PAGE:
Well-leaded and with a generosity of white space the striking Romantic letters of the Bodoni, with clean lines and elegant geometry, though less fluent than ideal for full passages ("the most illegible type that was ever cut" charged William Morris), in their stately form, beckon the eye to take notice of title text. Still more to be said for disfluency and memorability of the message when the reader takes pause: Fortune favors the Bold (and the Italicized)


BOSTON: the city.

by Katherine H. Smith and Nicholas Wilson

Katherine H. Smith is co-writing with her colleague Nicholas Wilson his compelling life story for Un-Gyve Press: of crime and punishment, of change of heart, of new life. She is a practicing therapist who is in the process of applying to law school. Her weekly advice column, “Between You and Me,” appears every Monday in The Epoch Times where she also contributes features for the Arts & Entertainment pages.

BUCZKOWSKA: Kasia Buczkowska is a writer and translator in New York City, who writes very short fiction in Polish and English. She has published her “short takes,” so named by Rosanna Warren, in Literary Imagination and in Przeglad Polski, the cultural supplement to Nowy Dziennik, in NYC, to which she also contributes articles and reviews. Her first book is a collection of such short takes — with a quality of foreignness to the voice that forms quirky folk-tales and vignettes, urban and pastoral, in Prose.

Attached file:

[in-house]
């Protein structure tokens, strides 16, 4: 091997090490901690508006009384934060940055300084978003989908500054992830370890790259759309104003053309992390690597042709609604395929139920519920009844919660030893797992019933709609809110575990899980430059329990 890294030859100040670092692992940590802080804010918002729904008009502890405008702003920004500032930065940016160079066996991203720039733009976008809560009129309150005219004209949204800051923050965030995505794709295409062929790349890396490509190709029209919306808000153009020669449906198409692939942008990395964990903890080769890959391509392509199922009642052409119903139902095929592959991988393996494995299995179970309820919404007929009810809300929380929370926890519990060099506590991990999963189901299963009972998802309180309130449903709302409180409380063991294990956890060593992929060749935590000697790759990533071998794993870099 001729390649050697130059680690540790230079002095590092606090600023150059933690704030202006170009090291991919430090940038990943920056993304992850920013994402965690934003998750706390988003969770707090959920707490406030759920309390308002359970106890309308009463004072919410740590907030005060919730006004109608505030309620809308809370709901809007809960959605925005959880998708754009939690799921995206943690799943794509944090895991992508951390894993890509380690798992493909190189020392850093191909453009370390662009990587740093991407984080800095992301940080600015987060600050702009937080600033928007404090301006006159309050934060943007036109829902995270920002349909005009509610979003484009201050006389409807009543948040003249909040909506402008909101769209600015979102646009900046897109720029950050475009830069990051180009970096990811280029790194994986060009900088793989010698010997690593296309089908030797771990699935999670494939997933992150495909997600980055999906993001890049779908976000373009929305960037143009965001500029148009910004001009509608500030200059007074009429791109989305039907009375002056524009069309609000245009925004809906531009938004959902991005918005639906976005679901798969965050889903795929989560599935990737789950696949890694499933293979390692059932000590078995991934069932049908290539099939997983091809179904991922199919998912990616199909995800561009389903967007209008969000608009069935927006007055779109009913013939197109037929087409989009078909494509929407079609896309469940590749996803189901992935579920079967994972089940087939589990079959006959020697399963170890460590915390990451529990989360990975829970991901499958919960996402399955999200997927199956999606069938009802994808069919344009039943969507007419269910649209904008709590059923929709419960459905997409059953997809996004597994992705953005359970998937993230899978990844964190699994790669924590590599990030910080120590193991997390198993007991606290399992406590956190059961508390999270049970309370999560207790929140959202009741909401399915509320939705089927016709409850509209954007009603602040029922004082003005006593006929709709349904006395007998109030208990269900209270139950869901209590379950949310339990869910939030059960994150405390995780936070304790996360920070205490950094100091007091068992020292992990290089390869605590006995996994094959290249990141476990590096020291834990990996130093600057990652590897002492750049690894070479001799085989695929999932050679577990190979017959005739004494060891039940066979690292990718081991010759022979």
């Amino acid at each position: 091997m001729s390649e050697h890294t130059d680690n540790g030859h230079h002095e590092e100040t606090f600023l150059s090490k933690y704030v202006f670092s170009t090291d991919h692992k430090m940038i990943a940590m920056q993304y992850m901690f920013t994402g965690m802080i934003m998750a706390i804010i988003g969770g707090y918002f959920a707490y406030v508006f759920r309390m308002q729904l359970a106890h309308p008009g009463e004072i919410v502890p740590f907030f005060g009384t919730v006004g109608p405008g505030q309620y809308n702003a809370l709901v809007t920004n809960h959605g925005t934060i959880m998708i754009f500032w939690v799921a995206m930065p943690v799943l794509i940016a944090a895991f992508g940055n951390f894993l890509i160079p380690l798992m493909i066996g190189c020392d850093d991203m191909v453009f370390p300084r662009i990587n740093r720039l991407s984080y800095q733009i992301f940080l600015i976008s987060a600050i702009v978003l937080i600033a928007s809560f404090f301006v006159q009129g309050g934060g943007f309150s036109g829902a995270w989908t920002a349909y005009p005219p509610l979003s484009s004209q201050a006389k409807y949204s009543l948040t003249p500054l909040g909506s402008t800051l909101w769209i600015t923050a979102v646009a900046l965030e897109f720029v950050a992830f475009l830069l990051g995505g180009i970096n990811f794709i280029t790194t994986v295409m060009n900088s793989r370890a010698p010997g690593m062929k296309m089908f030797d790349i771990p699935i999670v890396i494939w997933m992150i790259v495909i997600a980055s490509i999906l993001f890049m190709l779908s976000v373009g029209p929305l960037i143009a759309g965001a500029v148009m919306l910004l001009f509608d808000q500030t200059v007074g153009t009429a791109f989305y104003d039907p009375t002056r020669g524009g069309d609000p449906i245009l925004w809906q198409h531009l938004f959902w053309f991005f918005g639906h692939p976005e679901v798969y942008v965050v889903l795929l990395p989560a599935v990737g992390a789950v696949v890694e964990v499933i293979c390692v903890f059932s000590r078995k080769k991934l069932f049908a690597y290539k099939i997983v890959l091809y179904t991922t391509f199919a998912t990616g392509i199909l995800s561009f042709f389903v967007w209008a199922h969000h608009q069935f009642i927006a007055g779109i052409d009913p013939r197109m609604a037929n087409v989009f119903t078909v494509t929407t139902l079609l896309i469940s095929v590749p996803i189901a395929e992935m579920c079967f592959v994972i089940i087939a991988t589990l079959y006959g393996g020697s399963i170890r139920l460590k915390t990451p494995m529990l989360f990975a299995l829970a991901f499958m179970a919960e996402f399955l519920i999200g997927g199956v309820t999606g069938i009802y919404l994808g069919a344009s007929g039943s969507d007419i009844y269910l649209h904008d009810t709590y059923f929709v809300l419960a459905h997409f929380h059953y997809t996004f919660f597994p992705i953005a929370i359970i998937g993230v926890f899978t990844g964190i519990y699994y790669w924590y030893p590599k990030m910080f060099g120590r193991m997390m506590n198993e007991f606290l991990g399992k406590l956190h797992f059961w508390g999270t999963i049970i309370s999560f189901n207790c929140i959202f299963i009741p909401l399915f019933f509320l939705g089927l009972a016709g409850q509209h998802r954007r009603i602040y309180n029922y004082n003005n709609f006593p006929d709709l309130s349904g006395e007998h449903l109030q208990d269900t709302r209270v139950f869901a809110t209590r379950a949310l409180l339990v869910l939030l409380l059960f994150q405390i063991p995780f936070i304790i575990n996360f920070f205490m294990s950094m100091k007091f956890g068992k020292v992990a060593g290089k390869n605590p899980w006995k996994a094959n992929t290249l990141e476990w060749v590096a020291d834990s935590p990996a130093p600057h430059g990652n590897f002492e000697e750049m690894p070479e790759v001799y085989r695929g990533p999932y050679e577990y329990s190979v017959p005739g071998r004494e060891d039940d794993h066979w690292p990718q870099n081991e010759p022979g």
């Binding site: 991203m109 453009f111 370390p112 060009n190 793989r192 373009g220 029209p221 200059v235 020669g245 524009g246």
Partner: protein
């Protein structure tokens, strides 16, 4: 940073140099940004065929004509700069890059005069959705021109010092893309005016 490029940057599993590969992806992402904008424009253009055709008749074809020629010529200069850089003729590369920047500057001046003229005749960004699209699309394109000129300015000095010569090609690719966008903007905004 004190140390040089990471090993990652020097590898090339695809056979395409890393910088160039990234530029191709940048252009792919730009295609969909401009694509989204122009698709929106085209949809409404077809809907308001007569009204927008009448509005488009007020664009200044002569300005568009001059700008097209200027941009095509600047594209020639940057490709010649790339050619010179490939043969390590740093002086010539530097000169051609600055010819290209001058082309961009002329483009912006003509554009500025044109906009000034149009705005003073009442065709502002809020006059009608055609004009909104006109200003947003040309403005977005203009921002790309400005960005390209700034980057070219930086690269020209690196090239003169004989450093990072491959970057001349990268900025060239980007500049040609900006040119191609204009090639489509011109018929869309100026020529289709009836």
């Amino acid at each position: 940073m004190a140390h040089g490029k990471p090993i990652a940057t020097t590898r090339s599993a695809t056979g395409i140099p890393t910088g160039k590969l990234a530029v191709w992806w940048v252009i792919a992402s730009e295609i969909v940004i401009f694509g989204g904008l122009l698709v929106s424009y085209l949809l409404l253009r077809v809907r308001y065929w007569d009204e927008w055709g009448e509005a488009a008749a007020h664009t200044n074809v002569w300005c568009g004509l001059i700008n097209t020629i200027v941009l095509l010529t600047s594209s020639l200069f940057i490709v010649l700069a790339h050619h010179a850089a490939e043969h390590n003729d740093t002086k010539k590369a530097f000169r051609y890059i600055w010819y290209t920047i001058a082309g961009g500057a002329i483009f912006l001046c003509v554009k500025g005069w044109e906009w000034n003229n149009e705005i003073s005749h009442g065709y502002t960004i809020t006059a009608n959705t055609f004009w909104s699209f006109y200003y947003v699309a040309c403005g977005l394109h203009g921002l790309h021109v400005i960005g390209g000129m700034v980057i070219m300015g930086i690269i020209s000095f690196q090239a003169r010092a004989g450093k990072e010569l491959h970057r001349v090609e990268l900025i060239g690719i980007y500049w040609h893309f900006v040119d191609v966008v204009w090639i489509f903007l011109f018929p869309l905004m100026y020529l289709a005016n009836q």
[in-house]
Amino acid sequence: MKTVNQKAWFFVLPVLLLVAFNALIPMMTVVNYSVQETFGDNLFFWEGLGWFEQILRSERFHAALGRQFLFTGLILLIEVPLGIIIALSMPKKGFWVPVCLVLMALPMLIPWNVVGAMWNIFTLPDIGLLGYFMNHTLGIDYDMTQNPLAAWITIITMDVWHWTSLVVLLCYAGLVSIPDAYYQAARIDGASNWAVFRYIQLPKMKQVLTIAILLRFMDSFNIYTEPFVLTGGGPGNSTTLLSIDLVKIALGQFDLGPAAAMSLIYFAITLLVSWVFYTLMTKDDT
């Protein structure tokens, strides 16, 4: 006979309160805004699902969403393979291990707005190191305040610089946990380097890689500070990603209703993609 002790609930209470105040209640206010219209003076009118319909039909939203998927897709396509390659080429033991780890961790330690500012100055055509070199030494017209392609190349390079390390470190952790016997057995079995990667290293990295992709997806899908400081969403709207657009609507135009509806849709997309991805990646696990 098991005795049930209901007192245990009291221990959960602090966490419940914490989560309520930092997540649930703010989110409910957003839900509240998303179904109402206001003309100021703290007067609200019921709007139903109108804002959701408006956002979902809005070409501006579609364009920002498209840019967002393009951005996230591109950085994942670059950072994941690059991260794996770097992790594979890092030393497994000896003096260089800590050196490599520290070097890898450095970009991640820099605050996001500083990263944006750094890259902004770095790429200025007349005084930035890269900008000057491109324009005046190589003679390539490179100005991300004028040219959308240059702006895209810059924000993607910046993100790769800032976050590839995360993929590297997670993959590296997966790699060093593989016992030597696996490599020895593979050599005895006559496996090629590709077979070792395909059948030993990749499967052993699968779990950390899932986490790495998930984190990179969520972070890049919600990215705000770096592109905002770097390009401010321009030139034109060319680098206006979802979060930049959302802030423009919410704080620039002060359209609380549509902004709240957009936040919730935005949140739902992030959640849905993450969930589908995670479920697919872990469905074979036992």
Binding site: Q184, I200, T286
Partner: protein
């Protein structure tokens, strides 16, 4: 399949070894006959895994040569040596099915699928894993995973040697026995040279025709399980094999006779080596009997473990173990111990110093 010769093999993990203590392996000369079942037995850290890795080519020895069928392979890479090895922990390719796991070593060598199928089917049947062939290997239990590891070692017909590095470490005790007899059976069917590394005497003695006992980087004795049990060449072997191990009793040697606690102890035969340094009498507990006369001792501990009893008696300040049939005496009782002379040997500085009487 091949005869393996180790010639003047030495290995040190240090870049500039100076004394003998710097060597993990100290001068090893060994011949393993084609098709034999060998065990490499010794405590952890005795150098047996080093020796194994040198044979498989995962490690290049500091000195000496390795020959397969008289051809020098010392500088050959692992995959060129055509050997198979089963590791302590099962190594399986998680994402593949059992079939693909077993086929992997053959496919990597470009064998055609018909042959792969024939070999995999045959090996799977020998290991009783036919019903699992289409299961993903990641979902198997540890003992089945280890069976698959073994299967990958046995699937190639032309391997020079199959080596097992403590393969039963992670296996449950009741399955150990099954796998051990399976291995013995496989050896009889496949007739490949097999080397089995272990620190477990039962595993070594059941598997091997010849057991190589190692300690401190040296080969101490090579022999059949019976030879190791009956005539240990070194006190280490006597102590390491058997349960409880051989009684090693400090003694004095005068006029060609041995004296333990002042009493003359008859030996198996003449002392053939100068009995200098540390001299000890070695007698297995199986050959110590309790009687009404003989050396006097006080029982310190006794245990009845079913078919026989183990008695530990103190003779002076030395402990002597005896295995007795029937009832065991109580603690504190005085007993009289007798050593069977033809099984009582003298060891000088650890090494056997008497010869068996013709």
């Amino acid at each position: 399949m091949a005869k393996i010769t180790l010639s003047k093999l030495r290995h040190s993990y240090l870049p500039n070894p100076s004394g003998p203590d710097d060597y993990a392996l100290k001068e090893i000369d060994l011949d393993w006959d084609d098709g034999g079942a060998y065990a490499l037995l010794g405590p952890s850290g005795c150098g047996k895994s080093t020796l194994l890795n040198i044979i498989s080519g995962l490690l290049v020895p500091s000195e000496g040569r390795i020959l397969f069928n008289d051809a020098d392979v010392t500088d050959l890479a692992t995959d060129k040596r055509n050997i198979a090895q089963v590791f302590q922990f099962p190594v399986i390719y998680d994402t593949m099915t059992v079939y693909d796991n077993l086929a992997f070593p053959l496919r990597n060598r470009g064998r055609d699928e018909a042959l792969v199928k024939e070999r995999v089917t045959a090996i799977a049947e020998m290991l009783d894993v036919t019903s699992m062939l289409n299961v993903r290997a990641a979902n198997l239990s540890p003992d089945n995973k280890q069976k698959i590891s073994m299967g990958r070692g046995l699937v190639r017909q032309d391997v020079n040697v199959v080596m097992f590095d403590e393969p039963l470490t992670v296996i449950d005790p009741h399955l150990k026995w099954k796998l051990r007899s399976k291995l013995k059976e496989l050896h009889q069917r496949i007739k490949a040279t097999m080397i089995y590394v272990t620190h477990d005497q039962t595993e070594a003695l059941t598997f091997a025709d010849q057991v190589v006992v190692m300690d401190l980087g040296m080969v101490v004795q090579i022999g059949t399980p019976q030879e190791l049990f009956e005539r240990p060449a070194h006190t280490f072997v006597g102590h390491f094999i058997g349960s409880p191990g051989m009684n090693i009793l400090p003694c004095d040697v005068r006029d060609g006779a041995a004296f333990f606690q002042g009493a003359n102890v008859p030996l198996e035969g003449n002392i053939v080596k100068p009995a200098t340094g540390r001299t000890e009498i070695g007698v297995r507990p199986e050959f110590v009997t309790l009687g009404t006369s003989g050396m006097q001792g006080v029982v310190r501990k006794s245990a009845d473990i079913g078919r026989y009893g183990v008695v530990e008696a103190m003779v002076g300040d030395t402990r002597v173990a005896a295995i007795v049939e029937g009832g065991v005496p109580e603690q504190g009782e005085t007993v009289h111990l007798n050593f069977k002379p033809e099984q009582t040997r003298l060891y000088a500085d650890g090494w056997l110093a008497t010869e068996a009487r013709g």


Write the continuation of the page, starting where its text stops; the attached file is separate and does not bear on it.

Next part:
BURNETT: Archie Burnett, Professor of English and Co-director, Editorial Institute, Boston University, MA, English Language and Literature, University of Edinburgh, PhD, English Literature, University of Oxford is the editor of Selected Delanty for Un-Gyve Press. Born in Scotland in 1950 he studied at the University of Edinburgh before completing his DPhil at the University of Oxford in 1977, with a thesis on Milton's language. He was Junior Research Fellow of St John's College, Oxford 1974-8 then Lecturer and eventually Professor in English at Oxford Brookes University 1979-2000. His scholarly editions, Milton’s Style: The Shorter Poems, Paradise Regained, and Samson Agonistes (1981); The Poems of A. E. Housman (Oxford English Texts edition, 1997); The Letters of A. E. Housman (2 vols., 2007) the introduction to A Variorum Commentary on The Poems of John Milton, vol. 3, Samson Agonistes (2009); Philip Larkin: The Complete Poems (2012) have earned him high praise — "Burnett is the new gold standard." Classical Review — and he is "currently preparing a collected edition (so far, text only) of the prose of T. S. Eliot in 5 or 6 volumes" which is certain to raise the bar.

BURNS: Robert Burns, Lincluden Abbey. Views of the Haunts and Homes of the British Poets, Oct. 19 1850.

BUTLER: Samuel Butler, Ludlow Castle. Views of the Haunts and Homes of the British Poets, Oct. 19 1850.

BYRON: George Noel Byron, Annesley Hall. Views of the Haunts and Homes of the British Poets, Oct. 19 1850.

N.B. The alphabet swatch colour is Bowling Green from the Un-Gyve Palette.